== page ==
This is a compilation of Tennessee news and political stories assembled daily by staffers in Gov. Bill Haslam’s office.
Haslam takes flu shot, pushes Amendment 2 in Memphis Friday (CA/Veazey)
Gov. Bill Haslam stumped for the judicial selection amendment on the November ballot in a Friday visit to Memphis, responded to a group of protesters who aren’t happy with his budgeting priorities, and took a needle — a real one, not a political barb — in his left arm. The latter came at an event at the Shelby County Health Department promoting flu shots. Haslam, Shelby County Mayor Mark Luttrell and state Department of Health Commissioner John Dreyzehner removed their jackets, rolled up their sleeves and took the vaccination. Haslam smiled throughout the shot and joked when it was over. “I was kind of hoping for a Snoopy Band-Aid, though,” he said.
Haslam Swears In Judges, Gets Flu Shot in Memphis (Memphis Daily News)
Tennessee Gov. Bill Haslam swore in a new Tennessee Supreme Court justice and two state Appeals Court judges during a busy Friday, Sept. 19, visit to Memphis that also included getting a flu shot. Haslam swore in Tennessee Supreme Court Justice Holly Kirby of Memphis at the University of Memphis Cecil C. Humphreys School of Law before a group of 300 people that included former Gov. Don Sundquist, who appointed Kirby to the court of appeals during his two terms as governor. Kirby’s swearing in completes the court complement of five justices. Haslam was one of several speakers at the ceremony who put in a plug for the Nov. 4 statewide referendum on judicial selection.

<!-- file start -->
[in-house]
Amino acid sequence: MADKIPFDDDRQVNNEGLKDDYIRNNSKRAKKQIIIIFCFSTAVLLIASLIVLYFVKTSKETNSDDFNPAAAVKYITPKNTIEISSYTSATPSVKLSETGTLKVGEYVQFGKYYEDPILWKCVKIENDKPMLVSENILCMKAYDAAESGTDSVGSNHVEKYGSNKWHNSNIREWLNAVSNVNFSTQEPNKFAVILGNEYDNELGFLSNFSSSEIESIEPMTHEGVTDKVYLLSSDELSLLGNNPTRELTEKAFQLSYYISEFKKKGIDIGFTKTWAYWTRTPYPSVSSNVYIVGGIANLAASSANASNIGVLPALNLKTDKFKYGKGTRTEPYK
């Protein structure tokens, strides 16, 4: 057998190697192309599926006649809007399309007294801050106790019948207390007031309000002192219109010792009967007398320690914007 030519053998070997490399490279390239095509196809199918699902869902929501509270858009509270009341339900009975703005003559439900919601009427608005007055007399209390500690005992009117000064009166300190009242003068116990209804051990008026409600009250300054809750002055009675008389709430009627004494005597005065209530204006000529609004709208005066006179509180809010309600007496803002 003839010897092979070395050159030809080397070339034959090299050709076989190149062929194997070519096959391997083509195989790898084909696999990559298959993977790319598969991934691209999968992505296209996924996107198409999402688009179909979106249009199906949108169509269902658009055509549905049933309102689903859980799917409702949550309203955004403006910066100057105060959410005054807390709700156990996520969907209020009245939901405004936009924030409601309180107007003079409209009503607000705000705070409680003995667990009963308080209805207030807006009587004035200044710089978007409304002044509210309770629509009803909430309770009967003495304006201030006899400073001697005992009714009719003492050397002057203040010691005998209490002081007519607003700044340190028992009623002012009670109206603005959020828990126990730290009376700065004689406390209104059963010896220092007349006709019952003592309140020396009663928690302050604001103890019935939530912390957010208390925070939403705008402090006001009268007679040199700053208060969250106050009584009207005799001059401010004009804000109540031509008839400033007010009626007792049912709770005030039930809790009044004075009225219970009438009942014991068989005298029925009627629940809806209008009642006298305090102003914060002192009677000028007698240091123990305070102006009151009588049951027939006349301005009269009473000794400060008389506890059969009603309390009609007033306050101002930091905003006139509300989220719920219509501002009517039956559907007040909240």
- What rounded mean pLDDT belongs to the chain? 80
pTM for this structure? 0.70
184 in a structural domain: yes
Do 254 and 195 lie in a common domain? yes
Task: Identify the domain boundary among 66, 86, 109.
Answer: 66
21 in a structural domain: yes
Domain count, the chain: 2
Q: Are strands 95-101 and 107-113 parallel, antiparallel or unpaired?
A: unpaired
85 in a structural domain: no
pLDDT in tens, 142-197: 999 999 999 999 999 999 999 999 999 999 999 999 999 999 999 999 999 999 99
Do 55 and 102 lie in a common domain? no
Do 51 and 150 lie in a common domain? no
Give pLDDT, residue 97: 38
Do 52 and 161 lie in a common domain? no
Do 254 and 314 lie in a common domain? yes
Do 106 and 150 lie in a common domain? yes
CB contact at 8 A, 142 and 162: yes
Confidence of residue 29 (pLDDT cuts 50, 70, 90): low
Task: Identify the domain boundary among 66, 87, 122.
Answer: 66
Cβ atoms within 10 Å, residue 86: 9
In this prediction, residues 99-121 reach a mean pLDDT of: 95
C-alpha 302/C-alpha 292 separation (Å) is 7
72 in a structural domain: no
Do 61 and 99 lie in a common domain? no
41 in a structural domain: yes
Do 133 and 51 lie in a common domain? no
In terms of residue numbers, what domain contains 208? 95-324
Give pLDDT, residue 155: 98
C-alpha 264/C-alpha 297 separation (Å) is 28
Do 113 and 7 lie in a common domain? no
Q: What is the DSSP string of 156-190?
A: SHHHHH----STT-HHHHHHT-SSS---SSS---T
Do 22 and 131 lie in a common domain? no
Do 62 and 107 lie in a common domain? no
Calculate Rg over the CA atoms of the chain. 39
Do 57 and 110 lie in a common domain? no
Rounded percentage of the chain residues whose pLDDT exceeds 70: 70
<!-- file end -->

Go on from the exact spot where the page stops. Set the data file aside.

Gov. Haslam Sounds Off On Untested Rape Kits (WPTY-TV Memphis)
The untested rape kits in Memphis. How bad is it? Well we have more untested kits here then anyplace in the country. We know it. And the Governor knows it. Governor Bill Haslam doesn’t have a lot of power in state government. The lieutenant governor and the speaker of the house have more clout when it comes to things. Still, he is the governor. Who knows when to get involved. Or when it comes to the untested rape kit issue, .knows when to stay out of it. “Obviously, primarily those are local issues. But we’re looking. Senator Norris is taking the lead. We’re looking to see what role the state can play in all of that,” Tennessee Governor Bill Haslam said.
Governor Bill Haslam addresses Memphis’ rape kit backlog (WMC-TV Memphis)
Governor Bill Haslam says Memphis’ rape kit backlog must be handled on a local level, but he is looking at the possibility of standardizing procedures to make sure a backlog never happens again. Memphis Police Department discovered more untested kits in a storage facility Sept. 16; it’s now a total of 12,360 backlogged rape kits dating back to 1976. More than 5,000 of the kits have now been processed. “Are there different procedures? The state can say this is the way it should happen everywhere … That we might look at a piece of legislation,” Haslam said. Meanwhile, Senate Majority Leader Mark Norris is working with the TBI to track the backlog and facilitate the processing the untested kits.